The moment he has dreamed of since a young boy, is finally coming true.

Their dreams hanging by a thread; the mothers, the nurses, the anxious, and the grieving. They have worked hours upon hours, with blistered hands, taking any spare moment to perfect their craft. Call it a side hustle, call it therapy, call it whatever you like. The small business owners are making a difference, in their lives and their communities, but is it enough?

In some cases, what started as a hobby has become a necessity for income during the pandemic. In other cases, their business was a stress reliever during a difficult time, a safe haven to weather the storm. The candle makers, the knitters, the painters, and the photographers in a tight-knit community; their slogan: collaboration over competition.

He wakes up early without an alarm and makes his way to the woodshop as the sun softly parts the horizon. Cutting, sanding, and measuring fill his morning and fuel his soul. A chef by day, he has a passion for creating with his hands. He finds refuge in the woodshop as each government closure, delivers a devastating blow to the food industry he has desperately loved since he was a child. He finds calm as the palm sander silences his racing thoughts of the chaotic world. As he finishes it with wood oil, the grain comes to life dancing around the mountain design he carefully crafted out of shimmering resin. Another one-of-a-kind design created for a customer, he takes a moment to quietly admire his creation, a cribbage board made from solid walnut and the live edge of the bark still exposed on the side offering a rustic appeal. He adds his creation to social media in hopes of generating sales. Internet trolls balk at the price and assert they could get the same thing cheaper at…gasp…Amazon.  Some even suggest they could make the cribbage boards themselves. He fights the urge to clap back with a sharp comment and continues to his day job at the restaurant.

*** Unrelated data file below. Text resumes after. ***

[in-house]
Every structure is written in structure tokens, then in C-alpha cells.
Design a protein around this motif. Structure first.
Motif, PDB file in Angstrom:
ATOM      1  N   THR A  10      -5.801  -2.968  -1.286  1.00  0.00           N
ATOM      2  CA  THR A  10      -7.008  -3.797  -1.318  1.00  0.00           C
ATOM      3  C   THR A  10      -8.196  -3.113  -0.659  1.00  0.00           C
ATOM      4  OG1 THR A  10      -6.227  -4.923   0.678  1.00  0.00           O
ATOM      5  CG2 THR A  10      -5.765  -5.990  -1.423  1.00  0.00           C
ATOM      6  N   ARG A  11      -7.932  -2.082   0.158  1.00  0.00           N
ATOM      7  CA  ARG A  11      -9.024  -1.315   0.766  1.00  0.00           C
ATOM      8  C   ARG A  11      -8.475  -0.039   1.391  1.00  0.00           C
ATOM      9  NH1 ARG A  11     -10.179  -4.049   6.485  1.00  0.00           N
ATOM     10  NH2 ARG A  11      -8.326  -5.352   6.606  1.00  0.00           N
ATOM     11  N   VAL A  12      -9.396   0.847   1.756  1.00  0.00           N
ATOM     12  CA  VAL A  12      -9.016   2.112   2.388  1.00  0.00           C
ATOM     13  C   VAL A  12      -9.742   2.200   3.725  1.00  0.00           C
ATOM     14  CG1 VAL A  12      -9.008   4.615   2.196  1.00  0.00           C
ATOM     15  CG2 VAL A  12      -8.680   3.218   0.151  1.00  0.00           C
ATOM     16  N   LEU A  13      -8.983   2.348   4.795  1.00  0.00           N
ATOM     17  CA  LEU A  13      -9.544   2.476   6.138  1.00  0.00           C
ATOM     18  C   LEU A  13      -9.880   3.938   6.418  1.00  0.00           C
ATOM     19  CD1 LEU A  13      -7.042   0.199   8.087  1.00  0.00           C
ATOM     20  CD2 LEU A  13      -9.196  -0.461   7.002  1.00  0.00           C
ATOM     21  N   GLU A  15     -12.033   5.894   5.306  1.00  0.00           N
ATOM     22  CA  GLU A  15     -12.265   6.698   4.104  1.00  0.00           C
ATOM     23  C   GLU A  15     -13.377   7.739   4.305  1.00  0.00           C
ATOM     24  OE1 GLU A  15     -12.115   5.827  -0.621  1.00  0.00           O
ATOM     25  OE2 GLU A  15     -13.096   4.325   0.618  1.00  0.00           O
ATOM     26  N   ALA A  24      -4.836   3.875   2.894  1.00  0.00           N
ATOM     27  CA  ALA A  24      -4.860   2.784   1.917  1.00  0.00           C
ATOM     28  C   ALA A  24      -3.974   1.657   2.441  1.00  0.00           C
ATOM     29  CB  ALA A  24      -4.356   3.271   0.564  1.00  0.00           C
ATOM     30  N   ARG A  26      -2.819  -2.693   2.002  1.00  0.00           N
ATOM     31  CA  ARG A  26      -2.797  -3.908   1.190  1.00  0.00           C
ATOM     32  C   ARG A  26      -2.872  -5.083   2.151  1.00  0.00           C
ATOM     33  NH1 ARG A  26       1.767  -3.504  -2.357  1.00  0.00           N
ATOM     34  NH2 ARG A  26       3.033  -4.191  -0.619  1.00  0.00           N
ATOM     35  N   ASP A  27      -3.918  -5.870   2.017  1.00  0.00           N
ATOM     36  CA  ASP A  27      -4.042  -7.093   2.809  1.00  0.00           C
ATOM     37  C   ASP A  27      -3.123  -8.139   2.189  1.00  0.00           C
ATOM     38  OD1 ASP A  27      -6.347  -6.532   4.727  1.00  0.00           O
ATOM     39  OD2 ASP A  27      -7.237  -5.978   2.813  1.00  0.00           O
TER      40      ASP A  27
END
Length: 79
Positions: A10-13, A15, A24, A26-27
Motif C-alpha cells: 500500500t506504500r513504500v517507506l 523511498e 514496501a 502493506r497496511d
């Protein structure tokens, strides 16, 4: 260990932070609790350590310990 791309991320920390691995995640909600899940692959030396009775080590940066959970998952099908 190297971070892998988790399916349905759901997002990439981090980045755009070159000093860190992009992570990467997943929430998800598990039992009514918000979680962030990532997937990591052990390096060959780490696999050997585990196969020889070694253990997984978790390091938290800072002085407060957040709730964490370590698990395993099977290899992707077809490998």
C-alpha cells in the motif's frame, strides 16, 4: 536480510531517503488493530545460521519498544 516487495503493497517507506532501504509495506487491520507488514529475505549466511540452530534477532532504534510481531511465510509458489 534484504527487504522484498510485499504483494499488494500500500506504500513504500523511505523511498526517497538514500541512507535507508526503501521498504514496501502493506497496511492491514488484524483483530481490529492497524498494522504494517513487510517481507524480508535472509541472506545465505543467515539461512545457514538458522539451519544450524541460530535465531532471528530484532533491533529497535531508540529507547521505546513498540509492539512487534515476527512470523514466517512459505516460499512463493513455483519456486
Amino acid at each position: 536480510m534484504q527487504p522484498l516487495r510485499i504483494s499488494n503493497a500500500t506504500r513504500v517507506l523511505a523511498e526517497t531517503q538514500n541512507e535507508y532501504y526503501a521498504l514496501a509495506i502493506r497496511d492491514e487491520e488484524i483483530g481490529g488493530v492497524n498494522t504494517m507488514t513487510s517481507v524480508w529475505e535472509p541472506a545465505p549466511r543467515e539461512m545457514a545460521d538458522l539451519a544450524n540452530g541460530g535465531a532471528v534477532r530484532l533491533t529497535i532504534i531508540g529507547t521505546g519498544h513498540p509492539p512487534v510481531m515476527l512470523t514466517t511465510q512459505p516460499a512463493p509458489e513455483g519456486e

She clocks out of another long shift at the hospital, unsure of what day it is, she makes the long drive home. The kids are already asleep. She flips the light on in the family room, nestles in the couch, and begins to knit. Three hours and four skeins of yarn later, the blanket is complete; an ombré masterpiece, three gradually lighter shades of pink like a beautiful sunset. Her tired hands power on her laptop and she logs on to update the inventory on her website. She reluctantly checks her email. Another blow, her yarn supplier will not be offering her a wholesale deal. The increasing price of yarn and short supply is devastating to her business. She climbs upstairs with her trusty companion, following just behind. As they walk down the long hallway, his tags jingle and clank as he looks side to side; silently checking to make sure the kids are safely tucked in their beds. Another month until her husband returns from training, she’s cuddled up with her dog just at her feet, his soft snoring provides a comforting white noise to drown out the trials of the day.


A smirk appears on his face as the reality of the moment hits him, the rocket feverishly shaking below him.